Part 2: Formatting

Once you are happy that your eBook manuscript is complete and error-free, you need to turn your attention to formatting. I’m not going to go into the mechanics of this in great detail as Mark Coker, founder of Smashwords, has written a free style guide which is available for your Kindle or as a PDF here. I would thoroughly recommend that you get hold of a copy of this book as it’s comprehensive and will really help with your first time formatting.

Briefly, the idea is that you strip out any of the usual formatting used by your word processing software – and for the sake of argument, I’ll assume you’re using Word to create your eBook. You might not have thought much about the standard built-in formatting, as Word tends to use it without you really noticing, but when you’re attempting to format text for an eBook it can cause some real problems. For instance, if you are writing fiction, it’s usual to indent the first line of each new paragraph (the exception being the first paragraph at the beginning of a new chapter, or after a scene break – if you want to check this, take a look at any traditionally published novel to see how they’ve done it). Most of us use the “Tab” key on our keyboards to create this indent. When formatting your manuscript for upload, you need to get rid of any Tab-key indents, or additional Spacebar spaces, or Return-key line spaces and instead use the “Styles” menu in Word to add specific styles to your manuscript. You’ll need a standard paragraph style, as well as at least one heading style for chapter titles etc. The Smashwords guide will give you more detail (in fact, it will give you too much detail – but you can select the useful bits depending on your specific project).

One of the most important things to understand at the outset is that you are not formatting a book in the way you would for print. There is no such thing as a page. Anyone reading your eBook can do so on an e-reader, or their phone, or their tablet, or their PC. As a result, every “page” will be different according to the size of font, screen etc. This means that you are attempting to create a seamless stream of text which can accommodate any size of screen. You can use page breaks so that a new chapter shows clearly after a break, but it is extremely difficult to deal with something which needs specific formatting, such as poetry.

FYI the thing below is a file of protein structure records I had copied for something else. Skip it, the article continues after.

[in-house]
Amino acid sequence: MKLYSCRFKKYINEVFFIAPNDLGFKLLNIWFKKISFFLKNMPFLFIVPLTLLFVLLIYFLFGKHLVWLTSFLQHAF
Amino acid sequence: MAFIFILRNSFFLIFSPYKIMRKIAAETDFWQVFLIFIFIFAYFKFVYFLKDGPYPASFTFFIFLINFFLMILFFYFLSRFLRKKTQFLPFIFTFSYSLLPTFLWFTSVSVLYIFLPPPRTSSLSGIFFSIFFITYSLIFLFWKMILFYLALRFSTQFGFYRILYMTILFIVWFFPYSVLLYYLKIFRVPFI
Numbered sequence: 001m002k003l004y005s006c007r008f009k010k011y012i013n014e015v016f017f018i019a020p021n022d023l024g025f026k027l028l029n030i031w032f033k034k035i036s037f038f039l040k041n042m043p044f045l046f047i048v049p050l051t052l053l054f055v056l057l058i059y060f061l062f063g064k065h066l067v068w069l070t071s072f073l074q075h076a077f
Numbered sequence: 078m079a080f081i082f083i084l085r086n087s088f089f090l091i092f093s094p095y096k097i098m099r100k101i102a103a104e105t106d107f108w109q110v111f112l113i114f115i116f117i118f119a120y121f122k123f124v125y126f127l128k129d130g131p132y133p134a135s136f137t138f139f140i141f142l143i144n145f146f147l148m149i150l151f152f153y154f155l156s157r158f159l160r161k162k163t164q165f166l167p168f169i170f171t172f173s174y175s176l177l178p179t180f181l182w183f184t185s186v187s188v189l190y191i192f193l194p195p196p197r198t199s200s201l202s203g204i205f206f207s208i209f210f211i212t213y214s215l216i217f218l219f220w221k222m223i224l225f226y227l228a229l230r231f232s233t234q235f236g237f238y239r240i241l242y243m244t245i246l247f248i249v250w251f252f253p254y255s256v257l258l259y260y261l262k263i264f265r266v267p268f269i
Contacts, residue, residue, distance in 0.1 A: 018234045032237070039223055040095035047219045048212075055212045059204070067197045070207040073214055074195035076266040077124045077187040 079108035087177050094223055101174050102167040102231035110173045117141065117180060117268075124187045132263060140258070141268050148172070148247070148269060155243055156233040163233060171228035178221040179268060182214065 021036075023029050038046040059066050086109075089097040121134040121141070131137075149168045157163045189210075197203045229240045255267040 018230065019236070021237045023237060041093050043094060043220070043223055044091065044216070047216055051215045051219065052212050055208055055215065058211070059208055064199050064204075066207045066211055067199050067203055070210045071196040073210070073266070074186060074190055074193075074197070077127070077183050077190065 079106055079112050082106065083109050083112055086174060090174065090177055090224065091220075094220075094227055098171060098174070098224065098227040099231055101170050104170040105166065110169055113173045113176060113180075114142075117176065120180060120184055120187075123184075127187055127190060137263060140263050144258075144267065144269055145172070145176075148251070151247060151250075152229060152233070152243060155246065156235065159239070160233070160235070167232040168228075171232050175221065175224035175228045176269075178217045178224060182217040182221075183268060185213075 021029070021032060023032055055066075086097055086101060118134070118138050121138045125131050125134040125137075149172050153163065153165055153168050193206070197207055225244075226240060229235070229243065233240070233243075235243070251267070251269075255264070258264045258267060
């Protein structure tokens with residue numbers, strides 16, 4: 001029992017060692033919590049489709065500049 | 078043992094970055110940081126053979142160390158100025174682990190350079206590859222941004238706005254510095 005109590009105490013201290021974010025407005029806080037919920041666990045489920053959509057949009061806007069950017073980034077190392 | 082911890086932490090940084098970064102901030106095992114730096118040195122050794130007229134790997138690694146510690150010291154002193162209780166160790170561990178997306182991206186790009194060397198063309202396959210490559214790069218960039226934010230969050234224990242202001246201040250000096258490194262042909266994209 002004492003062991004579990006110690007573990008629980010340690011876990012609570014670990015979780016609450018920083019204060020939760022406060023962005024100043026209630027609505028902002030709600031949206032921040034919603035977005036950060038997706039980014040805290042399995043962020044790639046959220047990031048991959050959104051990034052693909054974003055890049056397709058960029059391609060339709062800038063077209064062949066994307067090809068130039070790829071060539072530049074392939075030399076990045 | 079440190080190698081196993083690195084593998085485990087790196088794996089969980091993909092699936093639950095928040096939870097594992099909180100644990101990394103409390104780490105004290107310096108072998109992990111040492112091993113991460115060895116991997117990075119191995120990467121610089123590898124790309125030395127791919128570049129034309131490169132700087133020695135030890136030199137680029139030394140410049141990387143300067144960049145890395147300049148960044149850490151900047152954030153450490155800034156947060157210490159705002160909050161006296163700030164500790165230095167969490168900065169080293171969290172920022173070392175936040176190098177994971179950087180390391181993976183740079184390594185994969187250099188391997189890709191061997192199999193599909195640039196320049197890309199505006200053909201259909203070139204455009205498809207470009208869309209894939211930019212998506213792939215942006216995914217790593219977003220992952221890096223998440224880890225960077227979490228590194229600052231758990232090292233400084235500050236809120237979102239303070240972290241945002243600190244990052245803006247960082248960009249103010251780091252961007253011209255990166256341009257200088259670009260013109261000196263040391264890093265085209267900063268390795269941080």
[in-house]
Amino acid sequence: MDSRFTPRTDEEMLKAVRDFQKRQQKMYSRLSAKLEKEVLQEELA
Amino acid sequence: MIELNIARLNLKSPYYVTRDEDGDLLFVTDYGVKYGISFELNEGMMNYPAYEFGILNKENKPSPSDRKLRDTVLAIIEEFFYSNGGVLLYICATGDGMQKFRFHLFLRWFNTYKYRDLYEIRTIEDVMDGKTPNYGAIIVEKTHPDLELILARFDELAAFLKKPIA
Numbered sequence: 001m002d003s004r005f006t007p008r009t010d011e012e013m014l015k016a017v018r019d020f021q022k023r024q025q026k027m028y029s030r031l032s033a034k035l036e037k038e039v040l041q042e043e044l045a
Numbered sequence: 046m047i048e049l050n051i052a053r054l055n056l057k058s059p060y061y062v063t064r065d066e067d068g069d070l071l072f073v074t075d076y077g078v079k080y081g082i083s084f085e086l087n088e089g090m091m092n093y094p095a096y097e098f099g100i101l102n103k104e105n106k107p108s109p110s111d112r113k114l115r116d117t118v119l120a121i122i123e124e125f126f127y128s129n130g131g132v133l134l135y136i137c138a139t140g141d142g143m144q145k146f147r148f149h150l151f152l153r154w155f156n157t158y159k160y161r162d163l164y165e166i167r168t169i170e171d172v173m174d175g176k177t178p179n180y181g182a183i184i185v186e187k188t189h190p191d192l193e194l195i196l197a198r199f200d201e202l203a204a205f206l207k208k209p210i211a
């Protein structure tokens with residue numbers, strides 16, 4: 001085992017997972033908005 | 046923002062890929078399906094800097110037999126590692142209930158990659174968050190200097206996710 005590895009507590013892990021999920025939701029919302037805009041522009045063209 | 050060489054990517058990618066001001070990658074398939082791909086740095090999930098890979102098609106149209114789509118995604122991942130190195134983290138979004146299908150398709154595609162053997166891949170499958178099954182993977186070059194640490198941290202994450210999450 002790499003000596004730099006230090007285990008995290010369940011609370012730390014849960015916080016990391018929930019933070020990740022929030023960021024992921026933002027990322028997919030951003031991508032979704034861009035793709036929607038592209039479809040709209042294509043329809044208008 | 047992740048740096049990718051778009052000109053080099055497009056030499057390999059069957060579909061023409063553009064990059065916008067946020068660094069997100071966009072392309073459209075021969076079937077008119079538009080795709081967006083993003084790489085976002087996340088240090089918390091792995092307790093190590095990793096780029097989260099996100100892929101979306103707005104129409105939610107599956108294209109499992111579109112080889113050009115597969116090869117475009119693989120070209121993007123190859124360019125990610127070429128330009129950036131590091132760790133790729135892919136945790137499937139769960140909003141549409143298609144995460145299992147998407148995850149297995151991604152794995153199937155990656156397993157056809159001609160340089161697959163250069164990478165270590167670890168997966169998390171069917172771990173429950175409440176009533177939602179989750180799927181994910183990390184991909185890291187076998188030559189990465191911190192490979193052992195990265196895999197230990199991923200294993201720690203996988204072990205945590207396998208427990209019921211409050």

Another really useful thing explained in Mark Coker’s eBook is the use of hyperlinks. These are links within the text which allow the reader to navigate through the book. For instance, if your eBook is a collection of short stories, you can use hyperlinks to enable your readers to click on a story title in the contents page and go straight to that story rather than having to read every story from the beginning of the book to the end. You can also use hyperlinks at the end of every story to enable the reader to go straight back to the contents page. This is also useful in a non-fiction eBook which may not necessarily be read in a linear fashion – hyperlinks mean the reader can select the next topic they are interested in without having to scroll through large chunks of text.

Once you’ve formatted your text, email it to your Kindle, and check that the text, chapter headings and page breaks look correct, and that any internal hyperlinks work. You will usually find a heading which has centred when you wanted it left justified, or vice versa, or a random space generated by an undetected return-key! Go back and amend the original document, and email it to your Kindle again. Complete until the text looks exactly as you want it, and now you have a correctly formatted version of the contents of your eBook.

Next week in Part 3 I’ll talk about another very important step in the eBook creation process…

Cover Reveal – Short Story Competitions: A Writer’s Guide to Success

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I’m always over-optimistic about the amount of writing I’ll get done over the Christmas holidays. It seems glorious at the outset – a luxurious festive week stretching out before you. Granted, there’ll be visits to family and friends, and you know there’ll be a bit of over-indulgence, some time devoted to lounging in front of the telly, but surely there’ll be loads of time left over for writing, right?

So often, the answer is no, but this year, I’ve been making a concerted effort to use the time effectively getting my latest project finished – my first non-fiction eBook, Short Story Competitions: A Writer’s Guide to Success.

And of course, you guys have helped me by voting on your favourite cover design. Each of the three sample covers got plenty of votes (so a big thank you to Shar at Landofawes for creating all three). In the end though, one was ahead by a sizeable margin. I decided to make a few tweaks to this design, but you’ll recognise it as being not too dissimilar to the original. So this is the final cover design:

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The book has been released in time for New Year – so if perhaps you’ve been frustrated with your recent writing progress, or you’re just starting out and want 2018 to be the year you see success as a short story competition entrant, you might find the book a good place to start.

The book is available at Amazon here – and I’ll be posting about the book, and about New Year’s Resolutions, here on the blog, and also on my Facebook page over the remainder of the festive season. I hope you can join me for a celebratory glass of virtual bubbly over the next few days, to find out more about the book and get inspired for 2018! 😉